“For us, it’s the full package. It’s everything we’ve squeezed into the headset, and it’s also the form factor — the fact that it’s an all-in-one-system.”

The Oculus Quest headset is set for release in Spring of 2019, starting at $400.

28
Sep

Lenovo sets computer to stun, shows off Star Trek Enterprise PC



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Lenovo Star Trek Enterprise PC

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Lenovo Star Trek Enterprise PC

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Lenovo Star Trek Enterprise PC

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As the result of what we can only assume was a Star Trek-induced Netflix binge, the design team at Lenovo showcased its latest addition to the PC market, and it’s in the shape of the USS Enterprise. Modeled after the 23rd-century Federation starship, the Lenovo Titanium Enterprise NCC-1701A is a massive metal construction PC poised to freeze Star Trek fans in their tracks. The exterior design of the machine isn’t all that’s impressive, either, taking a look inside reveals quite a few surprises.

Avid Star Trek fans may be quick to point out that the PC doesn’t quite match the design of the Enterprise, but rest assured, Lenovo named the machine accordingly, and it matches the USS starship as close as possible while fitting in all the needed pieces. After all, where else would you fit in Nvidia’ next-generation GeForce RTX 2080 graphics? That’s right; there is more than just a warp core onboard this ship.

The Lenovo Enterprise PC comes stocked with the aforementioned GeForce RTX 2080 GPU, an overclocked ninth-generation Intel CPU, 32GB of DDR memory, a 1 TB M.2 SSD, and a 2 TB HDD. The Enterprise is also set to receive transmissions with a custom high-performance LAN and Wi-Fi setup. It has been made clear that this PC isn’t just a showpiece; it is aimed at serious gamers with a bit of a Star Trek obsession.

The Star Trek dream PC was unveiled in China at Lenovo’s Beijing Tech World Conference and has been receiving attention for its unique design. Beyond the standard specifications we would expect to find on a desktop PC, Lenovo has also managed to fit in a few surprises including LED lighting and a mini projector. We aren’t sure if you will be taking this machine into the boardroom anytime soon, but if you choose to do so, know that you will be able to present a killer PowerPoint.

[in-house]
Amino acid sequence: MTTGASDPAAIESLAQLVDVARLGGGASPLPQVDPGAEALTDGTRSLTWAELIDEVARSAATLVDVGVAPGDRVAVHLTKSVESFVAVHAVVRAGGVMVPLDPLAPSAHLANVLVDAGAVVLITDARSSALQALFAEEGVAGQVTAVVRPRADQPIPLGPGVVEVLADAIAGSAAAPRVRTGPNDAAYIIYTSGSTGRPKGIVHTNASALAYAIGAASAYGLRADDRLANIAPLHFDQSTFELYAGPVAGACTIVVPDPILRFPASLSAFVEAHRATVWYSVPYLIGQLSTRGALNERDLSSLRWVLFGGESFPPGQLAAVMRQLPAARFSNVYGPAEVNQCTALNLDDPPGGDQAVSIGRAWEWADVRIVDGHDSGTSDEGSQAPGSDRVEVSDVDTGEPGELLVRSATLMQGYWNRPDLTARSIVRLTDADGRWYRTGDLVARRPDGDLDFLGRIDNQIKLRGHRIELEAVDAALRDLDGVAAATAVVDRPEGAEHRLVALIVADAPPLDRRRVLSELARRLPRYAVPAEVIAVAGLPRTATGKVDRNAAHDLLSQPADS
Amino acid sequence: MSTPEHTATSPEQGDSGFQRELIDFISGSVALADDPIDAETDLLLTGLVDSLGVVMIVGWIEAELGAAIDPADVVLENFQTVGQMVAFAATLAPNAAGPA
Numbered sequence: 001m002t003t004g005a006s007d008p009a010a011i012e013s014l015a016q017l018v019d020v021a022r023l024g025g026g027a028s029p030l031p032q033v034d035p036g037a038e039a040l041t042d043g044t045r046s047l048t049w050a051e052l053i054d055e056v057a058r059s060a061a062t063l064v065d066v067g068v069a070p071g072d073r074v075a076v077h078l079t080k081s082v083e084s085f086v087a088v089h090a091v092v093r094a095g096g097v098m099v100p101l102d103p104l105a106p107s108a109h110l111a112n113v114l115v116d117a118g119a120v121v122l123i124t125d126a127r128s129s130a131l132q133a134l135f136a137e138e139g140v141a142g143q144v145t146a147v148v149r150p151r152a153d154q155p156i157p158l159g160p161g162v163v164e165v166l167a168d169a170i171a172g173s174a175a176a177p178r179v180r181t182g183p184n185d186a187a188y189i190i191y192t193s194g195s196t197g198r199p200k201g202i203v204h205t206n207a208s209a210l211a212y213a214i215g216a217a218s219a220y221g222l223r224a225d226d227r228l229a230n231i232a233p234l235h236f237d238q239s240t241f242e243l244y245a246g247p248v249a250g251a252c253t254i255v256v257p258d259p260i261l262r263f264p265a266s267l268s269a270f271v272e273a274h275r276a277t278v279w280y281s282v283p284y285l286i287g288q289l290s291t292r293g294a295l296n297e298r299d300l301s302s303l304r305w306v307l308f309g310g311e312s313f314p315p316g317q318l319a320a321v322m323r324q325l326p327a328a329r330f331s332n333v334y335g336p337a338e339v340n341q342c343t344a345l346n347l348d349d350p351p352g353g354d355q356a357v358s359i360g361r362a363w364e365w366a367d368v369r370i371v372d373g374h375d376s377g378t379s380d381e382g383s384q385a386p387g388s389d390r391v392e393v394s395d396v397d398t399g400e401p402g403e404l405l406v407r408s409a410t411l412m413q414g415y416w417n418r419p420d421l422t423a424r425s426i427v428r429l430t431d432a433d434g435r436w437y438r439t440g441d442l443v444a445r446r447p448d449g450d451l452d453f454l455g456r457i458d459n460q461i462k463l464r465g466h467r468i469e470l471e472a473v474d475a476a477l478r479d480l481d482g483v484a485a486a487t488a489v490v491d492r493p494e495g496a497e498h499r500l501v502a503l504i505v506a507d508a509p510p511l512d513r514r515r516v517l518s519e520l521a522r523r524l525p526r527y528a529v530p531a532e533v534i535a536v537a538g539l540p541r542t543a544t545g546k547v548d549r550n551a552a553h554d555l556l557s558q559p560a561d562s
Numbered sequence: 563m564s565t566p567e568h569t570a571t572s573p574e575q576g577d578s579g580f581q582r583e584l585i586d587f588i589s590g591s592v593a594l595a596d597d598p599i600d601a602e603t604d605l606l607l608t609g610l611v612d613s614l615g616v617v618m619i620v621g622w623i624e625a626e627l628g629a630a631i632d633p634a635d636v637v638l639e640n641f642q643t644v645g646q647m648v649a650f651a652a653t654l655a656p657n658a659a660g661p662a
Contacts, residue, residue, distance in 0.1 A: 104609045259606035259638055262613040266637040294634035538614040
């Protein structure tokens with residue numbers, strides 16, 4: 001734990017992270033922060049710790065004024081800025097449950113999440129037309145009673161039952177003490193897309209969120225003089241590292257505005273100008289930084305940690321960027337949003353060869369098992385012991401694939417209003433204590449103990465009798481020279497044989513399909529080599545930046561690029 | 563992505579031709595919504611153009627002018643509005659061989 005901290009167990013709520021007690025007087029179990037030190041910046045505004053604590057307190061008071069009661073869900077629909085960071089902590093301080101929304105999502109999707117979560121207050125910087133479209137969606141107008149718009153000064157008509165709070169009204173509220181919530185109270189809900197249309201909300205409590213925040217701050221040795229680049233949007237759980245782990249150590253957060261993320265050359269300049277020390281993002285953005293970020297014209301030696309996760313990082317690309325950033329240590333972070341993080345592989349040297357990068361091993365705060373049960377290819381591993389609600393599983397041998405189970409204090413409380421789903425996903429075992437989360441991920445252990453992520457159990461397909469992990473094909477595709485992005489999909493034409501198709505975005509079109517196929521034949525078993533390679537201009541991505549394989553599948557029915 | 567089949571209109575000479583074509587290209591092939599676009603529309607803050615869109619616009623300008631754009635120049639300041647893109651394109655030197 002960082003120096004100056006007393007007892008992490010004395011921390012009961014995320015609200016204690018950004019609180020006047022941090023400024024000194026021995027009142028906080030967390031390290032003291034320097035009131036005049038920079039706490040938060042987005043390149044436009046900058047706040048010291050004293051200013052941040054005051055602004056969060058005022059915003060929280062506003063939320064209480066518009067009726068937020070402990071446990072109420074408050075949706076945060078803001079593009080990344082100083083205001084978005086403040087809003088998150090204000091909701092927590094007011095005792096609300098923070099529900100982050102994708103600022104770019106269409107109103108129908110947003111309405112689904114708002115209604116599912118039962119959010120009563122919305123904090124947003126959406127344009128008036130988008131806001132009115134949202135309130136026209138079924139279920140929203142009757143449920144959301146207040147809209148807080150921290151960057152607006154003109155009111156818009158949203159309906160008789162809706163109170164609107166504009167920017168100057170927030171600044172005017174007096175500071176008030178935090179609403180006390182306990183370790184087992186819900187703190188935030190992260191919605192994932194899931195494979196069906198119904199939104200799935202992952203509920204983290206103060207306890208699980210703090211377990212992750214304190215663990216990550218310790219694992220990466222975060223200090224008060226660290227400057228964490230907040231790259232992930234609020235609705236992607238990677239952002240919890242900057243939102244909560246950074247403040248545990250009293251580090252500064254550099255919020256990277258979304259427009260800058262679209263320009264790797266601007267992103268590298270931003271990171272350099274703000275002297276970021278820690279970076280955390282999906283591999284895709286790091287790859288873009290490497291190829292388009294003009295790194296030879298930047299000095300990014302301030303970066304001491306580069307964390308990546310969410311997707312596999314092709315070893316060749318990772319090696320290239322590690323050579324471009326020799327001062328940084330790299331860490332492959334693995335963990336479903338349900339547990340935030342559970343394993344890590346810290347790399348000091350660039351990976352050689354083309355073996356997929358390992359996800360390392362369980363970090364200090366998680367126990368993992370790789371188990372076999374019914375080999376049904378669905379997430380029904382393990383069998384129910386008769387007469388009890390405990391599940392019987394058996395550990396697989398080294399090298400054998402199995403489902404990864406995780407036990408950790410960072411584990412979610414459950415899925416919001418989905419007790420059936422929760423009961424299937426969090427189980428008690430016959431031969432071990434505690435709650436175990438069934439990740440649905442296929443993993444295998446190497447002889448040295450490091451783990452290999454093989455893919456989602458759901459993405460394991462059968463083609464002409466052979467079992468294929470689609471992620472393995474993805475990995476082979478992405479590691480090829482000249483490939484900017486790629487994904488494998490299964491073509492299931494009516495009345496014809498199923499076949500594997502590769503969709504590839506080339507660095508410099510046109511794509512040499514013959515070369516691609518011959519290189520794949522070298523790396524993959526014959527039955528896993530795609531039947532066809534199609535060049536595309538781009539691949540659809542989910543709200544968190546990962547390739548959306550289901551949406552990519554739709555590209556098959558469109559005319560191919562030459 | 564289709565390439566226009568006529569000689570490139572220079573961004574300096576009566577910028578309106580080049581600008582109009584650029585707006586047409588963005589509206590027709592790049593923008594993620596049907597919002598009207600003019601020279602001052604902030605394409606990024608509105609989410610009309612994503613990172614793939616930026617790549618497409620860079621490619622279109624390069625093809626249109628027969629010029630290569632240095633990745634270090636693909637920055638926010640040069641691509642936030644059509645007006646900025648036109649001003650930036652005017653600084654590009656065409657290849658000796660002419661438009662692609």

Trekkies looking to purchase the PC starship will find it starting for around $2,180, but it is only available in China. Lenovo has yet to comment whether or not the Titanium Entperise will be traveling to any other countries. Until then, we can at least relish in the fact that Lenovo has boldly gone where no computer manufacturer has gone before.

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28
Sep

‘LoJax’ rootkit malware can infect UEFI, a core computer interface


Bill Hinton/Getty Images

Modern computers utilize what is known as a Unified Extensible Firmware Interface (UEFI) to get up and running. When you press the power button on your Mac or PC, the UEFI begins communicating with your computer’s hardware and your operating system of choice, whether that be MacOS, Windows, or Linux. However, in a terrifying turn of events, ESET researchers have discovered a malicious piece of software, a rootkit, that burrows into your UEFI and is nearly impossible to get rid of, even when detected.

Rootkits are malicious bits of computer software that can infect a user’s machine and gain access to areas that are typically off-limits, such a private user data or protected system files. While the concept of rootkits taking advantage of a computer’s UEFI isn’t new, this is the first time that a sample has been detected in the wild.

The UEFI rootkit, code-named LoJax, takes advantage of a legitimate software designed by the Canadian company, Absolute Software. The security company offers an anti-theft solution for computers known as LoJack, which can assist victims in locating their stolen property. One of LoJack’s most exceptional features is its ability to stay present on a machine when the operating system is reinstalled, and the now malicious LoJax variation has taken keen advantage of that function.

LoJax has been shown to be the child of cyber espionage and hacking group Fancy Bear. Typically acknowledged as a product of the Russian military intelligence agency, GRU, the group has been behind many prominent attacks including those in the German parliament, the White House, NATO, the Democratic National Committee, and the International Olympic Committee.